Don’t read this Kit Kat story
The Nestle Canada brand tries a reverse psychology technique with its "#nontest" campaign.
This story appears in the February/March 2016 issue of strategy.
Irreverent humour on social media can be a risky move for a brand, as it can result in eye-rolls and backlash. But Kit Kat has been dipping its toes into those waters lately with some success, most recently putting a reverse psychology spin on contests for its latest social campaign.
It comes on the heels of its recent response to a Kanye West-Wiz Khalifa Twitter feud, when Kanye mistook the latter rapper’s reference to KK (a strain of marijuana) for a slight against his wife, Kim Kardashian. Kit Kat Canada jumped in with a nod to its own initials, employing the hashtag #BestWrapperAlive (that tweet was retweeted 2,000 times).
This month, the Nestlé Canada brand continued exercising its cheeky voice with the launch of the “#nontest,” a Twitter and Facebook contest that asks users not to enter to win a trip to Costa Rica, among other prizes.
The campaign by Toronto’s OneMethod encourages people to use the #nontest hashtag and share how they’re not entering the contest (or, how they’re having a break). A website does include a form to fill out, but anyone who tries is discouraged from continuing.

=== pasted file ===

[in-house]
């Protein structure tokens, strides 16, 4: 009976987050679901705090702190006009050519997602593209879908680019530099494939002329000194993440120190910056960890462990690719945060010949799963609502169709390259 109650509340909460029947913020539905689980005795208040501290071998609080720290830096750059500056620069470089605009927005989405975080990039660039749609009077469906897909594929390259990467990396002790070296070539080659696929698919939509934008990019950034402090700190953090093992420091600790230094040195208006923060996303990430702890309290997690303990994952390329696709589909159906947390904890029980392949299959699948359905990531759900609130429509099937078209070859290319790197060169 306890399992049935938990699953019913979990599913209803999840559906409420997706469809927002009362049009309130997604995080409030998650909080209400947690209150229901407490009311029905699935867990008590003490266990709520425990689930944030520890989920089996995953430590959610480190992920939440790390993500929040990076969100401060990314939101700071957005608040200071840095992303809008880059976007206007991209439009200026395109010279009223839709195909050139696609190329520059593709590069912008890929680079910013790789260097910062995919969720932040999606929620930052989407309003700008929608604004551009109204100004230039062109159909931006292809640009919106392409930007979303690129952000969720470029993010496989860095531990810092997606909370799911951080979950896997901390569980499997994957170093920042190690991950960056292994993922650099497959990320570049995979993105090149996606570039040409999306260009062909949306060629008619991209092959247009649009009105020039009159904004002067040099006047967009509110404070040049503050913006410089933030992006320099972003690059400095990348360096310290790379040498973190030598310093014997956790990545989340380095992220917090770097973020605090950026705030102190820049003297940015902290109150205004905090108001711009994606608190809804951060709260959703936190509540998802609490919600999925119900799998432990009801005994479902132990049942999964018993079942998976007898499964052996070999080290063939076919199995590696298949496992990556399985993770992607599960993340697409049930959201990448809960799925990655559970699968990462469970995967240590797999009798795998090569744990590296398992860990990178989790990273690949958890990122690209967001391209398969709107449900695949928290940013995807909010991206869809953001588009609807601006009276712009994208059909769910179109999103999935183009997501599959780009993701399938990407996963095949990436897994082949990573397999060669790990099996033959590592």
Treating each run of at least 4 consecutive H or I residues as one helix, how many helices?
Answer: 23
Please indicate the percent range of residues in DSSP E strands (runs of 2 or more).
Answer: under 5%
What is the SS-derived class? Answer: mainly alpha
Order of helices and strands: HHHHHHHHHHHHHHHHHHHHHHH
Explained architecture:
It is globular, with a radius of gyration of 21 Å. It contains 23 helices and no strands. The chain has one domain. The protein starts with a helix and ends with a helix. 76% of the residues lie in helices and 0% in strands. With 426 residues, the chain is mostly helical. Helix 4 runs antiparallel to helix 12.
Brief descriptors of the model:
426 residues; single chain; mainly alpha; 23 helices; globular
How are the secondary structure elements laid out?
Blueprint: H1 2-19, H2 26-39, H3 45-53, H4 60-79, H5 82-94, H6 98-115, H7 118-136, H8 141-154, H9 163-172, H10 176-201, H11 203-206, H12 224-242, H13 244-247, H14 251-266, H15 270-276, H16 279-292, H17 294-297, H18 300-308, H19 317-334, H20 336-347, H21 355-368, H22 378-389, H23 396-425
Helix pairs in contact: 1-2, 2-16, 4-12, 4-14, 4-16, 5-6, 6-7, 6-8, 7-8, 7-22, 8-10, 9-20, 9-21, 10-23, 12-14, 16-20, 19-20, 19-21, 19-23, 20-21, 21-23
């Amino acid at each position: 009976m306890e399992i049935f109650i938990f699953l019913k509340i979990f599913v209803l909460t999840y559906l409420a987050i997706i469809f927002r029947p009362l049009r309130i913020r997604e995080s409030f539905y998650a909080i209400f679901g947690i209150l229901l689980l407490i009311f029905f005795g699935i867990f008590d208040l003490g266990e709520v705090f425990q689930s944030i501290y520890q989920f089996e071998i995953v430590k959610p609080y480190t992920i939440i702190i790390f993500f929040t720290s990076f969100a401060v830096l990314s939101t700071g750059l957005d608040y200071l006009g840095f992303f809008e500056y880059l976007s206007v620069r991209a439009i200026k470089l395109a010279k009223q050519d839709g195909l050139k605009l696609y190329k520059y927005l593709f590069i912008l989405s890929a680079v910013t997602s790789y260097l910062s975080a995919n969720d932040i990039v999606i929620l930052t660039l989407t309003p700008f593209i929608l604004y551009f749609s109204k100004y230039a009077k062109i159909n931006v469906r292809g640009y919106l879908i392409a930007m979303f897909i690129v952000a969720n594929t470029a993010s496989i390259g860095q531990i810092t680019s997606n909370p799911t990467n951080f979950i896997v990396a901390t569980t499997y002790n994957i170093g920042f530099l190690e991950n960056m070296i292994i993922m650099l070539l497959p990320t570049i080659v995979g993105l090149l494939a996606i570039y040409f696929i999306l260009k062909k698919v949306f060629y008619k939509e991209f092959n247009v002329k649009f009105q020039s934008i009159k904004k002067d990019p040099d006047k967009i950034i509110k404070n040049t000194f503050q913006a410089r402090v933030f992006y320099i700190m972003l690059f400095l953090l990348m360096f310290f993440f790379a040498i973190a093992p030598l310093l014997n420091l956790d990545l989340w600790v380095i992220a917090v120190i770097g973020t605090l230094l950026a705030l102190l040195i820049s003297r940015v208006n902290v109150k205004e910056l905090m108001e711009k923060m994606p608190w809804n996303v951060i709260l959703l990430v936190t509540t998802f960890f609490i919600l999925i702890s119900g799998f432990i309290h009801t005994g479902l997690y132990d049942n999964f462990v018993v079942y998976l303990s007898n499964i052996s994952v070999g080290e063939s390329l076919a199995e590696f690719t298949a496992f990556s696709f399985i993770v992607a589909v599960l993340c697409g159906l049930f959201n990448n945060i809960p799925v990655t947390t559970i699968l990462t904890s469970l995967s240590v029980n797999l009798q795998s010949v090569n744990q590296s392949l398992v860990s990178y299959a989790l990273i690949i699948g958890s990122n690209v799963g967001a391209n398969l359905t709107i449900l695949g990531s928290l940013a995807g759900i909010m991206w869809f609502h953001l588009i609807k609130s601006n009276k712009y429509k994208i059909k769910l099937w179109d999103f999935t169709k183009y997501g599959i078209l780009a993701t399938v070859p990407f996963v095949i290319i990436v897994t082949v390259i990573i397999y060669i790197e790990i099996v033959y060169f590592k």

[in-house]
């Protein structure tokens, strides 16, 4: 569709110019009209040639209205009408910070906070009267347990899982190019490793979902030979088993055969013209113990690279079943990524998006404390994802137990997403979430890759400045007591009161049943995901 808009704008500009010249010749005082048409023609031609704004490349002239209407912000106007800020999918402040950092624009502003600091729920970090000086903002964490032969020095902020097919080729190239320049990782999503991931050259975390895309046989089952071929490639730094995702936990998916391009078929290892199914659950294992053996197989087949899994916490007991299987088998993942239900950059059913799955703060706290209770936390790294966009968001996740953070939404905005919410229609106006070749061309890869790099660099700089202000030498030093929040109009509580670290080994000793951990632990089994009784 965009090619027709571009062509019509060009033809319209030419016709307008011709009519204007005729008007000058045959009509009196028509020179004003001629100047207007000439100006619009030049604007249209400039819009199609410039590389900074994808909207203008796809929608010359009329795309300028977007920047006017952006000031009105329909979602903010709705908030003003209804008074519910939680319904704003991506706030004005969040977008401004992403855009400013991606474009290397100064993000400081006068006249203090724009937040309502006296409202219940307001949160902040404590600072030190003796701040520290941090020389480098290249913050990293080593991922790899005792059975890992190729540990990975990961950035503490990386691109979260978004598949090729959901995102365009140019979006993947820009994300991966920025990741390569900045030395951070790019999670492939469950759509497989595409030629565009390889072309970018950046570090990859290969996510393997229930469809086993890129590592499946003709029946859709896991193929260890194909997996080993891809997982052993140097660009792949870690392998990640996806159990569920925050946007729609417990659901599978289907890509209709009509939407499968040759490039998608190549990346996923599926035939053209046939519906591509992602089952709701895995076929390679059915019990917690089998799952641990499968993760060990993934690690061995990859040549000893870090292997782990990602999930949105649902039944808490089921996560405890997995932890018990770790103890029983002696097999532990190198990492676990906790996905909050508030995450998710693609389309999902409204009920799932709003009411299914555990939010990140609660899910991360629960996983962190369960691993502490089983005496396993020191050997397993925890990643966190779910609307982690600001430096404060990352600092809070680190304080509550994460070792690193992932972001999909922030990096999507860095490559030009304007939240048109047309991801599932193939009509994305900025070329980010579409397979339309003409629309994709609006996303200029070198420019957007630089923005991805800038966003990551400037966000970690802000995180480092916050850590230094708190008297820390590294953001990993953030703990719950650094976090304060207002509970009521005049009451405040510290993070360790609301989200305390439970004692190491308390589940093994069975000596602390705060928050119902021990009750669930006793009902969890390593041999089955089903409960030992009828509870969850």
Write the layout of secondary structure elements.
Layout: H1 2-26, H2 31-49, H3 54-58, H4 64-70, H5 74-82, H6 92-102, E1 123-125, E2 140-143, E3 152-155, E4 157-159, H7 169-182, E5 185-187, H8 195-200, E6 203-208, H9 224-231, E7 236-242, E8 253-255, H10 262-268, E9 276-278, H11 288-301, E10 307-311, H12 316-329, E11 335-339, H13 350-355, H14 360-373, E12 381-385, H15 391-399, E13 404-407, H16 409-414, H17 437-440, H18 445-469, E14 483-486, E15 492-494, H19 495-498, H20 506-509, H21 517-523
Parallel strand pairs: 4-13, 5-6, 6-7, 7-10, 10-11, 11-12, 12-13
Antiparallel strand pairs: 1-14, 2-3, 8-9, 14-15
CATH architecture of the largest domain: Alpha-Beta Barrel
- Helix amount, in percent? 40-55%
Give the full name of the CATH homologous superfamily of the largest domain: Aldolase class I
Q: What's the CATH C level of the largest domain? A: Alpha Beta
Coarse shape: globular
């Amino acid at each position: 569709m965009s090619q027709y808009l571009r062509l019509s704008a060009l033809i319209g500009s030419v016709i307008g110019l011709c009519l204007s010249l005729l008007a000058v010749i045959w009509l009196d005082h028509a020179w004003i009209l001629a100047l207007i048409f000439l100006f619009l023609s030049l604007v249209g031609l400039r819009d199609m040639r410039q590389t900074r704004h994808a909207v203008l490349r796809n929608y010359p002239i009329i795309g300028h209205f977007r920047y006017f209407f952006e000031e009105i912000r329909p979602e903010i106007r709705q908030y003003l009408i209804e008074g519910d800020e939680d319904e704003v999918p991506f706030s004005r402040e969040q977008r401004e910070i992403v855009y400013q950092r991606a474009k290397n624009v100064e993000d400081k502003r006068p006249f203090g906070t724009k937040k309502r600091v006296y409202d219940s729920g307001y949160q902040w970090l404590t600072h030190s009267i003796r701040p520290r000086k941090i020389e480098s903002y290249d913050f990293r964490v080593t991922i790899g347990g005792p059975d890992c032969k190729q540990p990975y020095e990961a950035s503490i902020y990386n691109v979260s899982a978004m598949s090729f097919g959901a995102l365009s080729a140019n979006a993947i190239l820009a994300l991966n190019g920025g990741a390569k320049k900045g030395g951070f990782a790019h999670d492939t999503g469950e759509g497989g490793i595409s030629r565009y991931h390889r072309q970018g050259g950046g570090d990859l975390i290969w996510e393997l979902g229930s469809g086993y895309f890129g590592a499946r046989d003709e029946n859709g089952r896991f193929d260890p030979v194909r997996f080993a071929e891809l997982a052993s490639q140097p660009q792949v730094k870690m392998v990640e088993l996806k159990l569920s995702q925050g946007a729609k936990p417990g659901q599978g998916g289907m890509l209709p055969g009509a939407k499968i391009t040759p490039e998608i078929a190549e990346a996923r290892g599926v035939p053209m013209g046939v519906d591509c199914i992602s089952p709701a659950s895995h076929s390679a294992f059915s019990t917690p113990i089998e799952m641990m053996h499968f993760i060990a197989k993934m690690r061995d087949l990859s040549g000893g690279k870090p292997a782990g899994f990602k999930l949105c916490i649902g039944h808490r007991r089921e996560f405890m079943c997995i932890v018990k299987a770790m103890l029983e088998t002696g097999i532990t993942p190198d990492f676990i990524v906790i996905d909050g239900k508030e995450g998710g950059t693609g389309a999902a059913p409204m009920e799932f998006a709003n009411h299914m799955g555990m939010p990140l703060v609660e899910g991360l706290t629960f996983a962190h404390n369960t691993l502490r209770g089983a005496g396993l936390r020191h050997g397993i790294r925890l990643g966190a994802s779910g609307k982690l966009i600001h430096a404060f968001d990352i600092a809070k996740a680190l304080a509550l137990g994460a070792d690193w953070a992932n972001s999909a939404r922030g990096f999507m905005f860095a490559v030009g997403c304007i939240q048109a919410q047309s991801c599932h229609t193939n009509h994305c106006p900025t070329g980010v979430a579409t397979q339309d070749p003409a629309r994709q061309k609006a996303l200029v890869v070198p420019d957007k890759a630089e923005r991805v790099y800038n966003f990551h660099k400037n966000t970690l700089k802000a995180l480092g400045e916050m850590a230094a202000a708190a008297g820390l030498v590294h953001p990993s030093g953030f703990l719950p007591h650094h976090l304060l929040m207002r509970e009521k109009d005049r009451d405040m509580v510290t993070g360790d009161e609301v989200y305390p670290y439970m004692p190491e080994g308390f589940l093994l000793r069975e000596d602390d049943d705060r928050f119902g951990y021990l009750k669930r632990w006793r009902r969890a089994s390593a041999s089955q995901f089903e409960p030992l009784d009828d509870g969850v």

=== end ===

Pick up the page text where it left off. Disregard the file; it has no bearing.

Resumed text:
To drive participation, the brand is using a two-minute video on KitKat.ca and social media featuring a young, quirky spokesperson explaining why you shouldn’t enter the “nontest” while struggling somewhat to explain what a “nontest” actually is.
Fifteen and 30-second versions are also running on digital, along with separate 15-second spots of the spokesperson reading out winning tweets. POS materials in-store will also drive contest participation. Maxus Canada handles media for Kit Kat.
The idea is to target Canadians who may love Kit Kat but don’t normally enter contests, Lily Wen, senior marketing manager at Kit Kat, told strategy.
The brand is also aiming to break through the clutter and continue reinventing how it speaks to consumers, she says.
The campaign is in line with the brand’s overall “have a break” promise, in both its encouragement to take a break from contests and with the vacation grand prize, says Steve Miller, SVP and CD at OneMethod.
Overall, the brand is hoping to increase conversations on social with its “#nontest” campaign, Wen says. “We like to poke fun at ourselves in this space.”